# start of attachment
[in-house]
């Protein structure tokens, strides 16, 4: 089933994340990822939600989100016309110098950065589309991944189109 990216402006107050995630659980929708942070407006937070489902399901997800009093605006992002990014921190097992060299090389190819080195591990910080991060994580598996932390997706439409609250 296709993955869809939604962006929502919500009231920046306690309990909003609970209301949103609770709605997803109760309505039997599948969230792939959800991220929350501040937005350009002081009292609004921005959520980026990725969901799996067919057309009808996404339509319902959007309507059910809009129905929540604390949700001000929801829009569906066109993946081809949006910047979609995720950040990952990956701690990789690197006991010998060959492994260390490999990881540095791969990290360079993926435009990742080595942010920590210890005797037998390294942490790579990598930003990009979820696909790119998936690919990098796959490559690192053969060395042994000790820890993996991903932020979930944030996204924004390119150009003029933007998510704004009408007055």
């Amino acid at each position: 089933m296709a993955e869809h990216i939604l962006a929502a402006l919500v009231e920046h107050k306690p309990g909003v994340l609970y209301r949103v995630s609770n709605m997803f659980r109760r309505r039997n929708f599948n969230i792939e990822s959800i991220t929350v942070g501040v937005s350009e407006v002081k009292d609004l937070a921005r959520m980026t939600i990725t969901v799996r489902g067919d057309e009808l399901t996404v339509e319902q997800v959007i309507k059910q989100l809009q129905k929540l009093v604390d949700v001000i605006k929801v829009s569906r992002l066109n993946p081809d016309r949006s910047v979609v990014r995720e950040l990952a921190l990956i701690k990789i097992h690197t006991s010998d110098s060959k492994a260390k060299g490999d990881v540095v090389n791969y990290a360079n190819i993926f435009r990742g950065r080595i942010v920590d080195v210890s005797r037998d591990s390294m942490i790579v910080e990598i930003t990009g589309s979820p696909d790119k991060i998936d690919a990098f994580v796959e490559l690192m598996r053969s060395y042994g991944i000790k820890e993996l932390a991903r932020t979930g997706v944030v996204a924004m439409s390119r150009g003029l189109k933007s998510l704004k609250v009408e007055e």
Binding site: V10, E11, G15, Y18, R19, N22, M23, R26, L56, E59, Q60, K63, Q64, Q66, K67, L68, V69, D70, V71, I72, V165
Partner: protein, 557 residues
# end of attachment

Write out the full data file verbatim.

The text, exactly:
[in-house]
């Protein structure tokens, strides 16, 4: 089933994340990822939600989100016309110098950065589309991944189109 990216402006107050995630659980929708942070407006937070489902399901997800009093605006992002990014921190097992060299090389190819080195591990910080991060994580598996932390997706439409609250 296709993955869809939604962006929502919500009231920046306690309990909003609970209301949103609770709605997803109760309505039997599948969230792939959800991220929350501040937005350009002081009292609004921005959520980026990725969901799996067919057309009808996404339509319902959007309507059910809009129905929540604390949700001000929801829009569906066109993946081809949006910047979609995720950040990952990956701690990789690197006991010998060959492994260390490999990881540095791969990290360079993926435009990742080595942010920590210890005797037998390294942490790579990598930003990009979820696909790119998936690919990098796959490559690192053969060395042994000790820890993996991903932020979930944030996204924004390119150009003029933007998510704004009408007055």
């Amino acid at each position: 089933m296709a993955e869809h990216i939604l962006a929502a402006l919500v009231e920046h107050k306690p309990g909003v994340l609970y209301r949103v995630s609770n709605m997803f659980r109760r309505r039997n929708f599948n969230i792939e990822s959800i991220t929350v942070g501040v937005s350009e407006v002081k009292d609004l937070a921005r959520m980026t939600i990725t969901v799996r489902g067919d057309e009808l399901t996404v339509e319902q997800v959007i309507k059910q989100l809009q129905k929540l009093v604390d949700v001000i605006k929801v829009s569906r992002l066109n993946p081809d016309r949006s910047v979609v990014r995720e950040l990952a921190l990956i701690k990789i097992h690197t006991s010998d110098s060959k492994a260390k060299g490999d990881v540095v090389n791969y990290a360079n190819i993926f435009r990742g950065r080595i942010v920590d080195v210890s005797r037998d591990s390294m942490i790579v910080e990598i930003t990009g589309s979820p696909d790119k991060i998936d690919a990098f994580v796959e490559l690192m598996r053969s060395y042994g991944i000790k820890e993996l932390a991903r932020t979930g997706v944030v996204a924004m439409s390119r150009g003029l189109k933007s998510l704004k609250v009408e007055e």
Binding site: V10, E11, G15, Y18, R19, N22, M23, R26, L56, E59, Q60, K63, Q64, Q66, K67, L68, V69, D70, V71, I72, V165
Partner: protein, 557 residues